What can family and friends do to help?

This section is for friends and family members who want to support someone they know who is feeling lonely.

You may be worried that your friend or family member is feeling lonely, perhaps because they are socially isolated or because someone has told you that they are feeling lonely. You may not be able to resolve their feelings of loneliness entirely but there are ways for your to alleviate their feelings of loneliness.

Keep in touch

If you think, or know, that someone is feeling lonely, a small gesture, such as inviting them out for lunch, or even just saying hello through a text message, can make them feel less lonely. If that person lives far away, or you are simply too busy to visit, make whatever contact you can, even if it’s through a screen, to let them know that you are thinking of them.

Show your support

Be aware of how your behaviour might impact someone who is feeling lonely, and think about how you can be more supportive and encouraging. If you cancel a date that your friend or relative is looking forward to, for example, it may have more of an impact on them than you realise. As another example, if you appear offhandish or uninterested in the activities available in the area, you may be indirectly discouraging your friend or relative from going out and meeting new people in the area.

You can also support someone by helping them build their social network. Be encouraging about opportunities for social contact and find out what activities or groups are in their area. Offer to go with them to their first social class or group if they feel nervous. If transportation is an issue, you could help your friend or relative by mapping out the most convenient route to the social activity, and help them obtain the necessary resources, such as an Octopus card.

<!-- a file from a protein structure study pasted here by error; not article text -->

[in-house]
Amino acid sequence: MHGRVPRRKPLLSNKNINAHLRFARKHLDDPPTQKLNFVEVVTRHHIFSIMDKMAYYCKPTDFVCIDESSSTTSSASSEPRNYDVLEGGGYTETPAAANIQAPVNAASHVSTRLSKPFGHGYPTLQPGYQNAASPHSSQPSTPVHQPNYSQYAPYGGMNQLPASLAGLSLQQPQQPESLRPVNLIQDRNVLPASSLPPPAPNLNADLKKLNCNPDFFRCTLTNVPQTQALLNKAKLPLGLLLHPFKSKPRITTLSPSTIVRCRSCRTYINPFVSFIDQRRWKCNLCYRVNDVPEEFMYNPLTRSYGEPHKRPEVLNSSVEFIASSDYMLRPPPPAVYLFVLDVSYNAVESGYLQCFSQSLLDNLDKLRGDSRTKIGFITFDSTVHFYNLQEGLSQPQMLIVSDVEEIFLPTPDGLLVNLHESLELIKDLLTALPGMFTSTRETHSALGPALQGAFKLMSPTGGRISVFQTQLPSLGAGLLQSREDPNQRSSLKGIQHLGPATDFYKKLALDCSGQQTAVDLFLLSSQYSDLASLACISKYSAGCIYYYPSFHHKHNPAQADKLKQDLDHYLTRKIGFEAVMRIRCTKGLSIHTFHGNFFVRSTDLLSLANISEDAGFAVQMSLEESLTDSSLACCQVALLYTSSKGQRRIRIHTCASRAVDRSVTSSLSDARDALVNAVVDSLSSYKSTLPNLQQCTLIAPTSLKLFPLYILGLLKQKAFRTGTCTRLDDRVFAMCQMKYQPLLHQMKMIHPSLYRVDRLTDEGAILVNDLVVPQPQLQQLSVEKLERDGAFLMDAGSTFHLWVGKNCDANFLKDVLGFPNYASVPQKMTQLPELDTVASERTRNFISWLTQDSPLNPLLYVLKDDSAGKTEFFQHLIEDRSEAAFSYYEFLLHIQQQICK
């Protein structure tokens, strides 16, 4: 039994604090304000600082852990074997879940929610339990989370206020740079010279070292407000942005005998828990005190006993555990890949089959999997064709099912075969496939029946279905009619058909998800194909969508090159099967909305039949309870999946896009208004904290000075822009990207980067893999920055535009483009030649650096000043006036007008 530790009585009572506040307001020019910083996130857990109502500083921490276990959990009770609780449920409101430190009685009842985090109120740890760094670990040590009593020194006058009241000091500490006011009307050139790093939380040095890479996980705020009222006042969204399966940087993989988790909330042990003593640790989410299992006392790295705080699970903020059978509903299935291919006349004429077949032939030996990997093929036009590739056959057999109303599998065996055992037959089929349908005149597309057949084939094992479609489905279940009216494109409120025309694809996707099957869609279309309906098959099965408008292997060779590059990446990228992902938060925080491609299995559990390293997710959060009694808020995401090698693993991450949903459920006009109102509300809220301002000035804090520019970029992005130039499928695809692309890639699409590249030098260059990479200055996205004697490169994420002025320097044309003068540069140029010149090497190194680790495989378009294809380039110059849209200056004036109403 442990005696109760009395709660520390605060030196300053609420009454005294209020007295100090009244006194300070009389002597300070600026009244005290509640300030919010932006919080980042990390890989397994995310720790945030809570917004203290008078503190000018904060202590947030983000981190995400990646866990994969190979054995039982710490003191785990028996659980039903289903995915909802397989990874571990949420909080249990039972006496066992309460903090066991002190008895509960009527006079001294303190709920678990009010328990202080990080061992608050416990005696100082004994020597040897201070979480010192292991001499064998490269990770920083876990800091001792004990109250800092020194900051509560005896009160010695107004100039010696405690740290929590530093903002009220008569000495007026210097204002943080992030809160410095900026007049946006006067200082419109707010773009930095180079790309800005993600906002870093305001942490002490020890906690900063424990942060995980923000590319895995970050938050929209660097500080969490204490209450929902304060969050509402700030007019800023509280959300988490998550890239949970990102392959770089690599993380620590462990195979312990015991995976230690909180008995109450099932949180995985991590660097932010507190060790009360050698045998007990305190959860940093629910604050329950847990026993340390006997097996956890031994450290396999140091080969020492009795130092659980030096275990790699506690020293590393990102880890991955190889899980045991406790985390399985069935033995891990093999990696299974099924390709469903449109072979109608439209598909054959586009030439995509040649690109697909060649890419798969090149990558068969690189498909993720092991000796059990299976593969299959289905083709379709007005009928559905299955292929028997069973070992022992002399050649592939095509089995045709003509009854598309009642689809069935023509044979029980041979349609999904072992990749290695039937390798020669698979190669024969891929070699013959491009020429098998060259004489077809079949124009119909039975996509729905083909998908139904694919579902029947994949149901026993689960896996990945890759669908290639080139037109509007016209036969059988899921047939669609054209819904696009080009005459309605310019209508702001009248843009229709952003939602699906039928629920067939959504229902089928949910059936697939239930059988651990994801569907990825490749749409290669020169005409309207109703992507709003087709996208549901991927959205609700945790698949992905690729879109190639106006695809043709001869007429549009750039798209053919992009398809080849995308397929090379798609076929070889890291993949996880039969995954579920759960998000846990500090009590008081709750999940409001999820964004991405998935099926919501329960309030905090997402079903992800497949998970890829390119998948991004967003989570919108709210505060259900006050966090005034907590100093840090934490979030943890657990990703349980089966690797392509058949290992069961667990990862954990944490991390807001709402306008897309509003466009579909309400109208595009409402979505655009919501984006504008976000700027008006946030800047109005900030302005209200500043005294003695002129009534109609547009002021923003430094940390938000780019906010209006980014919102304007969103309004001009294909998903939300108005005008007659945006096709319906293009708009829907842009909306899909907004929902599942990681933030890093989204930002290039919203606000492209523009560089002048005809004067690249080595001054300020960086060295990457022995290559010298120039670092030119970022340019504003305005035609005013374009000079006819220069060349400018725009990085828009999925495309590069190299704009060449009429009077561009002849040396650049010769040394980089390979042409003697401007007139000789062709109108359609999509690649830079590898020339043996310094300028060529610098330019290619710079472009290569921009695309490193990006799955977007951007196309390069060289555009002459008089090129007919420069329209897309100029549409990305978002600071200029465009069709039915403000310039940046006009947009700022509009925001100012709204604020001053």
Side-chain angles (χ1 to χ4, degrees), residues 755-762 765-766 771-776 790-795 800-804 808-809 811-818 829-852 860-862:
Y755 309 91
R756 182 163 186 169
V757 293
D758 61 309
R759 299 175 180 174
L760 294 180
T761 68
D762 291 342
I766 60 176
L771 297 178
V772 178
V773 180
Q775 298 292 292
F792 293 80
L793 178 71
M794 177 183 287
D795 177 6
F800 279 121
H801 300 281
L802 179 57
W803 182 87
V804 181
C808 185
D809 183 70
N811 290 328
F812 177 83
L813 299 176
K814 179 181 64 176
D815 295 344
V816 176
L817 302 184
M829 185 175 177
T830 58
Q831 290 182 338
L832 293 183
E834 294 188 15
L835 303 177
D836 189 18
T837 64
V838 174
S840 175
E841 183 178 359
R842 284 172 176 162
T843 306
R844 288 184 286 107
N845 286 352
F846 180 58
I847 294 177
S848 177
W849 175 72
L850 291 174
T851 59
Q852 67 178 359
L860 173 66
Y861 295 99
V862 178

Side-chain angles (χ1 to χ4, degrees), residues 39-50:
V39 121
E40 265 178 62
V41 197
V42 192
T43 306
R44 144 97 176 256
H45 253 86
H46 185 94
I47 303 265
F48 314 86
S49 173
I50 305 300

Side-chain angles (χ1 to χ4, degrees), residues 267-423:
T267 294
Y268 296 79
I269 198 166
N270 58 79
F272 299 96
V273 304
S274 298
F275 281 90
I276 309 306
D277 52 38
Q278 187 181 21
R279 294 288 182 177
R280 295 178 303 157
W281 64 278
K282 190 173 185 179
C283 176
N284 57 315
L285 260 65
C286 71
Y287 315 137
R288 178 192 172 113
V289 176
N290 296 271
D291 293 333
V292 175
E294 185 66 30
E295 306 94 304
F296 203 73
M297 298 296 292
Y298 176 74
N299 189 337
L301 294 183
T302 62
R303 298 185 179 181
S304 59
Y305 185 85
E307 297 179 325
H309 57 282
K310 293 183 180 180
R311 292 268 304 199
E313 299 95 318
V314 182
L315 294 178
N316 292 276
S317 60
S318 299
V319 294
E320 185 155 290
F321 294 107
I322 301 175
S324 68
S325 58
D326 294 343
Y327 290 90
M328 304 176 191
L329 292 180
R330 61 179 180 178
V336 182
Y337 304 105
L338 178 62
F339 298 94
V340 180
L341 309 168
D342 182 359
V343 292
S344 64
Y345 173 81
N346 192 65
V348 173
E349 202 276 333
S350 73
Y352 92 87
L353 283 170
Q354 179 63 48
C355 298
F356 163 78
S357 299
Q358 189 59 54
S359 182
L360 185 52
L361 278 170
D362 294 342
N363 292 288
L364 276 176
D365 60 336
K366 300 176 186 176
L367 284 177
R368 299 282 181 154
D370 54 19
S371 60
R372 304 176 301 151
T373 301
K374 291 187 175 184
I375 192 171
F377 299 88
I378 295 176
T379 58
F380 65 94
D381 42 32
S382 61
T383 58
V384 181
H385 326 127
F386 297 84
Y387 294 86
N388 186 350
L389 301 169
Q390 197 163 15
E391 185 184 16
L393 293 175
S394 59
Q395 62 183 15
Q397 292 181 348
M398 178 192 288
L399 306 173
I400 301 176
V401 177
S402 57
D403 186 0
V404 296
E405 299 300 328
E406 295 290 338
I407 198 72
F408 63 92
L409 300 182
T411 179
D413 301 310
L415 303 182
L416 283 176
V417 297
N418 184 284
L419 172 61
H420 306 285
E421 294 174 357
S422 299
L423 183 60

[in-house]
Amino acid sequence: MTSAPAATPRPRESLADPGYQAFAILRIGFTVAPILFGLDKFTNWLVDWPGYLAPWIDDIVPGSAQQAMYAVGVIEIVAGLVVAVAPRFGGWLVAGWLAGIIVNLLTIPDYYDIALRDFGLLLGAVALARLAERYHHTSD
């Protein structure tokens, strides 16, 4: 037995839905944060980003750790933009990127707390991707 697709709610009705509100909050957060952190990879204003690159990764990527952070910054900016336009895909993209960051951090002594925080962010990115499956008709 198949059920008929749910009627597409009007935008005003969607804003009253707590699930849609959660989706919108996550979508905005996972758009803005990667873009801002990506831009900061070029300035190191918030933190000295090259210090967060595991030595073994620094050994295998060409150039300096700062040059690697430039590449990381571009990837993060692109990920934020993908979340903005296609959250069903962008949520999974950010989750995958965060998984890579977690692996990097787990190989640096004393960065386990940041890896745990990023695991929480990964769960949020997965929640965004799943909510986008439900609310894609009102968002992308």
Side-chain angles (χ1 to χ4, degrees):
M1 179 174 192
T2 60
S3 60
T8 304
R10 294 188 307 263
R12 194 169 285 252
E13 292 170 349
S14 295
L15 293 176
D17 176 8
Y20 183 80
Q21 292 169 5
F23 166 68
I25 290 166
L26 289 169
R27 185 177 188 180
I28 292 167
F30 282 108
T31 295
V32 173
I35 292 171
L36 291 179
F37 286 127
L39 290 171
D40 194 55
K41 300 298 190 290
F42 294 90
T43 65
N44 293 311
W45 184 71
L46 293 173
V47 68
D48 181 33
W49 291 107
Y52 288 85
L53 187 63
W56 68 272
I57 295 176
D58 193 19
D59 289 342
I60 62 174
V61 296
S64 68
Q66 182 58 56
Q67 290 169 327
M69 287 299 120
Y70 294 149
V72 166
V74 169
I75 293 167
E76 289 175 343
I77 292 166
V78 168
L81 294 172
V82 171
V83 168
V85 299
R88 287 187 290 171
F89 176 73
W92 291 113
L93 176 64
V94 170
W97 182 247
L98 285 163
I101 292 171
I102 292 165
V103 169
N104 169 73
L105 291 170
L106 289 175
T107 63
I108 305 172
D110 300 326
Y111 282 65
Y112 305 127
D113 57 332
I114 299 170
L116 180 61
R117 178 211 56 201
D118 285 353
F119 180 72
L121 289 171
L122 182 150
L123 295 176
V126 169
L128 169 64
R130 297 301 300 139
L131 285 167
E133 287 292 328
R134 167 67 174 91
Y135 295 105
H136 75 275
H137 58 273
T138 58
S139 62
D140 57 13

Listen

If someone tells you that they feel lonely despite seeming to have lots of friends and social contact, ask them why they feel lonely and listen to their concerns. Help them understand that someone does care for them and does wants to understand their feelings of loneliness.

If you are worried that someone’s loneliness is a result of a mental health problem, or that someone’s loneliness might become a mental health problem, talk to them about what might help. This might be going to see a general practitioner, accessing talking treatment, or joining a support group.

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